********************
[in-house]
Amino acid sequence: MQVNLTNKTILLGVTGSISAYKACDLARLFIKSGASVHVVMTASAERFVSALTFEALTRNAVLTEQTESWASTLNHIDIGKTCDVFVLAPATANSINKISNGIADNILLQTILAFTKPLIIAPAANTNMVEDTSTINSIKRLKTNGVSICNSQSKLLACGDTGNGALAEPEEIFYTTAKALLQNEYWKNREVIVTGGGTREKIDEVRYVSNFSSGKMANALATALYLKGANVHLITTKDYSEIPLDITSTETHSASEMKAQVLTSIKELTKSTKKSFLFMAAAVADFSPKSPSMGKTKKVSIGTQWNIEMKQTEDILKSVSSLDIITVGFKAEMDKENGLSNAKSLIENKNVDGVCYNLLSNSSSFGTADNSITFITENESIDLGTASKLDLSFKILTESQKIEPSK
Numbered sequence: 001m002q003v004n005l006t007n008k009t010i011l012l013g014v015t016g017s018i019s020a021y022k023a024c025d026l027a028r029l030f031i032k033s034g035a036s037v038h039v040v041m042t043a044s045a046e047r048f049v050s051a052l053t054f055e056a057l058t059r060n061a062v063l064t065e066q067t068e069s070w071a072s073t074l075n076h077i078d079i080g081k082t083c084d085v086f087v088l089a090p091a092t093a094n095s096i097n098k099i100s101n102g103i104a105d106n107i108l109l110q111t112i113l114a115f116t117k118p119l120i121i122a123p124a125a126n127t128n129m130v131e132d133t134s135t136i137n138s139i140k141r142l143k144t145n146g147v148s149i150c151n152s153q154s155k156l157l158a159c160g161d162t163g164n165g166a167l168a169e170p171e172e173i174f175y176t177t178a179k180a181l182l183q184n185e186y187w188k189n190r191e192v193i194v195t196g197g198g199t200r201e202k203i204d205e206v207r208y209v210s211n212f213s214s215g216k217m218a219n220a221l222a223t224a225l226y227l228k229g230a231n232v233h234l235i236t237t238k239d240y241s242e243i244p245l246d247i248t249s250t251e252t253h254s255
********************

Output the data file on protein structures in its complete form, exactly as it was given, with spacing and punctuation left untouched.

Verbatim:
[in-house]
Amino acid sequence: MQVNLTNKTILLGVTGSISAYKACDLARLFIKSGASVHVVMTASAERFVSALTFEALTRNAVLTEQTESWASTLNHIDIGKTCDVFVLAPATANSINKISNGIADNILLQTILAFTKPLIIAPAANTNMVEDTSTINSIKRLKTNGVSICNSQSKLLACGDTGNGALAEPEEIFYTTAKALLQNEYWKNREVIVTGGGTREKIDEVRYVSNFSSGKMANALATALYLKGANVHLITTKDYSEIPLDITSTETHSASEMKAQVLTSIKELTKSTKKSFLFMAAAVADFSPKSPSMGKTKKVSIGTQWNIEMKQTEDILKSVSSLDIITVGFKAEMDKENGLSNAKSLIENKNVDGVCYNLLSNSSSFGTADNSITFITENESIDLGTASKLDLSFKILTESQKIEPSK
Numbered sequence: 001m002q003v004n005l006t007n008k009t010i011l012l013g014v015t016g017s018i019s020a021y022k023a024c025d026l027a028r029l030f031i032k033s034g035a036s037v038h039v040v041m042t043a044s045a046e047r048f049v050s051a052l053t054f055e056a057l058t059r060n061a062v063l064t065e066q067t068e069s070w071a072s073t074l075n076h077i078d079i080g081k082t083c084d085v086f087v088l089a090p091a092t093a094n095s096i097n098k099i100s101n102g103i104a105d106n107i108l109l110q111t112i113l114a115f116t117k118p119l120i121i122a123p124a125a126n127t128n129m130v131e132d133t134s135t136i137n138s139i140k141r142l143k144t145n146g147v148s149i150c151n152s153q154s155k156l157l158a159c160g161d162t163g164n165g166a167l168a169e170p171e172e173i174f175y176t177t178a179k180a181l182l183q184n185e186y187w188k189n190r191e192v193i194v195t196g197g198g199t200r201e202k203i204d205e206v207r208y209v210s211n212f213s214s215g216k217m218a219n220a221l222a223t224a225l226y227l228k229g230a231n232v233h234l235i236t237t238k239d240y241s242e243i244p245l246d247i248t249s250t251e252t253h254s255